Jessica Kent was detoxing off methamphetamine and oxycodone in an Arkansas jail when she found out she was pregnant. Three months later, the guards took her to a doctor’s office for a prenatal check-up where people took pictures of her in the waiting room, the chained-up inmate with a baby bump. Now, she’s a sober mom of two living in the suburbs of Chicago and tells the whole story in her YouTube video, “I Had a Baby in Prison,” which currently has over a million views. People can still gawk, but every eyeball puts more money in her pocket.
Although it’s a niche topic, covered by less than a hundred channels, “Prison YouTube” is turning some ex-cons into influencers. Millions of people watch these YouTubers demonstrate workout routines using bags of water in pillow cases, brew bootleg wine with Jolly Ranchers and make tattoo guns with electric beard trimmers. Even Jersey Shore’s Mike “The Situation” Sorrentino is dipping a toe in the prison YouTube waters after spending eight months in federal prison for tax evasion. It’s a chance to learn what prison is really like — at least what it’s like for men. The female inmate experience is largely absent. Very few women have channels that draw in the kind of audiences that the male ones do, but those that do take a meaningfully different approach to sharing their stories.
“I didn’t know about other prison YouTube accounts when I started,” says Kent when I spoke to her over video chat. “After I uploaded my first video, YouTube was like, ‘Oh, you’re into prison? Here are a bunch of men screaming at the camera talking about prison gangs.’ I was frustrated. My story was completely different from those guys. I felt like the lone girl, floating by myself in the ocean.”
While men on Prison YouTube tend to focus on survival, and how to navigate the unspoken rules of a dangerous environment, the women-run channels talk more about the trauma they’ve endured in prison and how they’re healing. They disclose mental-health struggles, talk about their families, and sometimes even cry on camera. On the surface, the women of Prison YouTube are rewarded for marketing vulnerability, not unlike other YouTubers that focus on, say, beauty or wellness.
As her subscribers grew by thousands, Kent realized the power of her perspective. There are very few women on YouTube talking about life behind bars, and she felt that she could shed light on women’s issues, like pregnancy, that are largely being ignored by the prison system. Women are the fastest-growing segment of the incarcerated population in America, increasing 834 percent between 1978 and 2015, yet much of the attention to curbing mass incarceration has focused on men. The Prison Policy Initiative reports this issue in many states, most notably Michigan, which reduced the male prison population by 8 percent between 2009-2015, but incarcerated 30 percent more women over the same period.
“How society perceives incarcerated women is key to establishing programs of intervention,” writes Dr. Kenneth Elvis Jones, vice provost at Fisk University. If we don’t know about issues or conditions throughout the prison experience that women face, we’re less likely to be empathetic toward them or advocate for change. For example, a 2006 report found that two-thirds of incarcerated women have a substance abuse disorder and more than half of female offenses are for drug-related crimes, yet there’s a dearth of drug rehabilitation programs in prisons. Sexual abuse by male guards is “rampant” and a 2020 federal report found that women are disproportionately punished for minor violations while in prison. Women are also more likely to be primary caretakers of their children, and both mother and child are often traumatized by the separation and limited access. Such was the case for Jessica Kent.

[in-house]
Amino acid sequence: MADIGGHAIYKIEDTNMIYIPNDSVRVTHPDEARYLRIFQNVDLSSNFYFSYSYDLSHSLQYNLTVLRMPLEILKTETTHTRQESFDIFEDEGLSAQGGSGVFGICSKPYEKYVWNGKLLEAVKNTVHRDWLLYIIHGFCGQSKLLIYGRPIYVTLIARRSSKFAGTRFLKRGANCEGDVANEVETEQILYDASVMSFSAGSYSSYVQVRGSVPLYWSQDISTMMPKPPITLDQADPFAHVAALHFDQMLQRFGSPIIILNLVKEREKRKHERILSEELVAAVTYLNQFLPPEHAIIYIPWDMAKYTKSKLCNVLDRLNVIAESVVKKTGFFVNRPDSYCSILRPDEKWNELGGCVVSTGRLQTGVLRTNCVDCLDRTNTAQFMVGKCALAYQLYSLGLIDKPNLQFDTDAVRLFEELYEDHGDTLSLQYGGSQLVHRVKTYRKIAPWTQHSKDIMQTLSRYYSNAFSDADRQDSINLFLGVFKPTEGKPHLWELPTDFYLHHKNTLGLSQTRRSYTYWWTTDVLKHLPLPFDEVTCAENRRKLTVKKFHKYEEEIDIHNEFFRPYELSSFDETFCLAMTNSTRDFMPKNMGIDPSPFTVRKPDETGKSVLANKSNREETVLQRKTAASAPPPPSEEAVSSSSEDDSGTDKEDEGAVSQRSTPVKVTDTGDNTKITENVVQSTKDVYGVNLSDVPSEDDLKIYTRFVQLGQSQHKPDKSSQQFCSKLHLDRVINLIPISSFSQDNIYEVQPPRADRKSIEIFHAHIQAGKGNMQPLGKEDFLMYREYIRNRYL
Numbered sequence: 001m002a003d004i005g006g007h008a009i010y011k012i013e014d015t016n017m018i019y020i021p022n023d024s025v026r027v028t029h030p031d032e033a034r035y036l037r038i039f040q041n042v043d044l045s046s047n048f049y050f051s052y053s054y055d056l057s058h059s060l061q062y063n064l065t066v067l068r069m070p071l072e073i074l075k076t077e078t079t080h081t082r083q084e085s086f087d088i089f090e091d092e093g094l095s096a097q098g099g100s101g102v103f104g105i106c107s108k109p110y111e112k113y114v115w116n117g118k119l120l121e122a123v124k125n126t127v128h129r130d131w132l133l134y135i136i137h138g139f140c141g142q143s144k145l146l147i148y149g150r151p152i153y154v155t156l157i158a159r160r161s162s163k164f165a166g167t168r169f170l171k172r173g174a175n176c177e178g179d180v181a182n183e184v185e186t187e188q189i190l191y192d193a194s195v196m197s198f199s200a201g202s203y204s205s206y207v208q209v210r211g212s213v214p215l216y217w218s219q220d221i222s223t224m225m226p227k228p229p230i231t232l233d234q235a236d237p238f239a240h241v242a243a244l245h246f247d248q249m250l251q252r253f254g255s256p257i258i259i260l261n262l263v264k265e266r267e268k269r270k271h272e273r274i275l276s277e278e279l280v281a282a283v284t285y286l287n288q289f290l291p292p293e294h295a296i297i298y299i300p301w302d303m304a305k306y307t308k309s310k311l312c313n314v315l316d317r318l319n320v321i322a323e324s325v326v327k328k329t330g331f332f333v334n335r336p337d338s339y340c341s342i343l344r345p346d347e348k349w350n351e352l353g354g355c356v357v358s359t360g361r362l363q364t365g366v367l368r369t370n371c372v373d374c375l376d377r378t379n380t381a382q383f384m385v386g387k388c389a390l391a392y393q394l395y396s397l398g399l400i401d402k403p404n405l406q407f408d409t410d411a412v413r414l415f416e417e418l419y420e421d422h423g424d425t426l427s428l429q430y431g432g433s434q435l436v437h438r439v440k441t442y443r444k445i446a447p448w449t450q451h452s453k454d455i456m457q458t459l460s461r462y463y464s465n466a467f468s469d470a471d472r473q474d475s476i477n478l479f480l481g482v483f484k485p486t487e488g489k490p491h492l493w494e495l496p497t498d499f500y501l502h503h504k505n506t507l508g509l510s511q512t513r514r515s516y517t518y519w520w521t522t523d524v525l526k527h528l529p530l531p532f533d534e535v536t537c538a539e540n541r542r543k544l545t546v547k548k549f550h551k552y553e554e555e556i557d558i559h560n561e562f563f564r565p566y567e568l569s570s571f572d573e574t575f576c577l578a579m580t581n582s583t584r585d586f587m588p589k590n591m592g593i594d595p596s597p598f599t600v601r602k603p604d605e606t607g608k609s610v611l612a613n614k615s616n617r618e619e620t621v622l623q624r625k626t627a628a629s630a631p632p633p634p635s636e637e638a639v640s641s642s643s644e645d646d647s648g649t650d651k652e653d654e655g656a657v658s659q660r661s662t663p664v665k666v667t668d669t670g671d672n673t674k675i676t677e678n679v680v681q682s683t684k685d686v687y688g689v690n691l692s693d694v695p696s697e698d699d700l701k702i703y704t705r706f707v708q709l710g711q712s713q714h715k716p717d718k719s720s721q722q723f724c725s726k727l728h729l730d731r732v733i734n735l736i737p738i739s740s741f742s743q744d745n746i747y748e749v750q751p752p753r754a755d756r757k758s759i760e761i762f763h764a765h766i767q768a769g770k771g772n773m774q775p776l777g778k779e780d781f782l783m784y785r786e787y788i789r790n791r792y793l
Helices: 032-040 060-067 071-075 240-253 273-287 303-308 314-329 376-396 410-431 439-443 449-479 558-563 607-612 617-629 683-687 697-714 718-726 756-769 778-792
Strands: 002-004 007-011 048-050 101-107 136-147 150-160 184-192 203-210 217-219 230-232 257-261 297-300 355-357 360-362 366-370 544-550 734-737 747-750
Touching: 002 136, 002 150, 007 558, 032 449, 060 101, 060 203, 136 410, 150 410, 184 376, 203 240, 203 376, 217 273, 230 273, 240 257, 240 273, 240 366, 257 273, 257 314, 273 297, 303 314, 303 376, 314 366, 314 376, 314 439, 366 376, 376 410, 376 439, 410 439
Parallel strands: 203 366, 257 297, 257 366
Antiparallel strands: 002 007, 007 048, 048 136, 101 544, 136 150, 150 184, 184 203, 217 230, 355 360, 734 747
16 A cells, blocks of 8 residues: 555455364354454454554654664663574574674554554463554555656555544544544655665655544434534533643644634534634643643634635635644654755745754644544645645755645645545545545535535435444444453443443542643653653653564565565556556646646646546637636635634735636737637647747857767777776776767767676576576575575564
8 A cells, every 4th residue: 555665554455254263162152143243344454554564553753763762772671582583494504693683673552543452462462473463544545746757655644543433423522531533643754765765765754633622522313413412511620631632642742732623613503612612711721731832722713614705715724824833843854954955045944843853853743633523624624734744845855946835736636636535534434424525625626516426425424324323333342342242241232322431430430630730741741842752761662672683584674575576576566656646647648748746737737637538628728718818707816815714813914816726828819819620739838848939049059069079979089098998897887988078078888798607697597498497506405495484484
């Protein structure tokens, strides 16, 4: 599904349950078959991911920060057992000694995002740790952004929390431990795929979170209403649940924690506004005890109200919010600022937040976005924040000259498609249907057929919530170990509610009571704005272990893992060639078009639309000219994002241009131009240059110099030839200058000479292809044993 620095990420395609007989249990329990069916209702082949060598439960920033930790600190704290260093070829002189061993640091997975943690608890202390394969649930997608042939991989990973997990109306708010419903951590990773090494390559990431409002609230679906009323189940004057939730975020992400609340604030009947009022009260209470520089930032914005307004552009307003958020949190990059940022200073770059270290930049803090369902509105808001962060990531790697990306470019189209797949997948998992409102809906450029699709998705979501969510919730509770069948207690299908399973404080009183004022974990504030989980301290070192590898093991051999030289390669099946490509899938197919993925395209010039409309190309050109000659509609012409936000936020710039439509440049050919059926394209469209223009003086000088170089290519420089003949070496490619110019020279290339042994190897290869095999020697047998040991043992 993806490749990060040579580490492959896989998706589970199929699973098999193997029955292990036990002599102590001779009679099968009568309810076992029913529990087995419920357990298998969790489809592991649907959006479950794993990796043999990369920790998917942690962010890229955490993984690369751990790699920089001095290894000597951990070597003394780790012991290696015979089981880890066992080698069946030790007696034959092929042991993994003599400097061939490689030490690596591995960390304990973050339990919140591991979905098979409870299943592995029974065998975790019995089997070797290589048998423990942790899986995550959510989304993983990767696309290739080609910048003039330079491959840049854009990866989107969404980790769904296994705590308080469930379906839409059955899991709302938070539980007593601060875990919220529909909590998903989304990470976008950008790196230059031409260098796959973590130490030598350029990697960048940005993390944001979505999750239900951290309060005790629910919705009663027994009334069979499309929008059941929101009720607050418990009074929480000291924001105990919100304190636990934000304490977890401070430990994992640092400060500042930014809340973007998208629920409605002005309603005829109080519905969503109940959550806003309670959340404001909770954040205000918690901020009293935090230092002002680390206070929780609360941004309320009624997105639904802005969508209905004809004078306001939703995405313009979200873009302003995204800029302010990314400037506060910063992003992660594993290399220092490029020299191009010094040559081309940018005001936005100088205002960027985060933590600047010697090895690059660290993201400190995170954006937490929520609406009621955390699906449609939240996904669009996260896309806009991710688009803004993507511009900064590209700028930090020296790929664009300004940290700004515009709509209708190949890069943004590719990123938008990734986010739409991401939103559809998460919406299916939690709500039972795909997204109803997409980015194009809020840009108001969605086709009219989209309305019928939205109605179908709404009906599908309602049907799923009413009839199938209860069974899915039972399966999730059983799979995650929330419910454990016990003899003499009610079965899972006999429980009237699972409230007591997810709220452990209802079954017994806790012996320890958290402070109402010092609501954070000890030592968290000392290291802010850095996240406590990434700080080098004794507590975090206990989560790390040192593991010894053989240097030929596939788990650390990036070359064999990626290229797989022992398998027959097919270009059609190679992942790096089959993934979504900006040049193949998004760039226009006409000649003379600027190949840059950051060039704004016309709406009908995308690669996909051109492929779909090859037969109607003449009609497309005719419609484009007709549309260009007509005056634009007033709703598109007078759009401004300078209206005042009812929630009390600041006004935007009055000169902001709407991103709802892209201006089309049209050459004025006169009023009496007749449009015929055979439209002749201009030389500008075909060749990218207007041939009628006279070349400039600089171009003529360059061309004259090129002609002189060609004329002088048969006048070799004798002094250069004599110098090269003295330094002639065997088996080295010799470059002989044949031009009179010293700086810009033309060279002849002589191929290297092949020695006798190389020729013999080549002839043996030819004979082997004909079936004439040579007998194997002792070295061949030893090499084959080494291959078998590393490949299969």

In another video, she explains the process of bonding with her daughter after foster care. The 30-year-old had done multiple stints in jail since her teen years, before the most recent drug charge that landed her locked up and pregnant. When she got out, her daughter was 18 months old, and it took another year before regaining full custody. “I did hair follicle tests, drug and alcohol counseling, therapy, parenting classes … I visited my daughter every single weekend [the year after I got out],” she says. “She was placed four hours away from me. I had no money, no car, no shoes. I was living in a halfway house and I still had to find a way to make it work, but I did it.”
Despite the following she’s amassed, things on YouTube didn’t start off exactly as planned for Kent. “The first couple months were rough. I was harassed so badly. I got called a crackhead every day, which is ironic because that was [one] drug I didn’t do,” she says. “About five months after I uploaded the ‘I Had a Baby in Prison’ video, I almost deleted it. I was lying in bed with my finger hovering over the button, but I decided to sleep on it and see how I felt in the morning. When I woke up, there was a comment under that video from Christina Randall that said, ‘Hey baby girl, I’ve been binge watching your videos. My heart goes out to you. I want to see you make it.’”
Kent didn’t know who Christina Randall was, but watching her videos like “My Experience in Juvenile As a Child,” “My First Day in Prison,” and “6 Ways Women Disrespect You in Prison” made Kent realize she wasn’t alone. Someone else was talking about the specific struggles of being a woman in prison. She slid into Randall’s DMs and they’ve been friends ever since. “I’m so grateful to her because she understands what I’ve been through,” says Kent.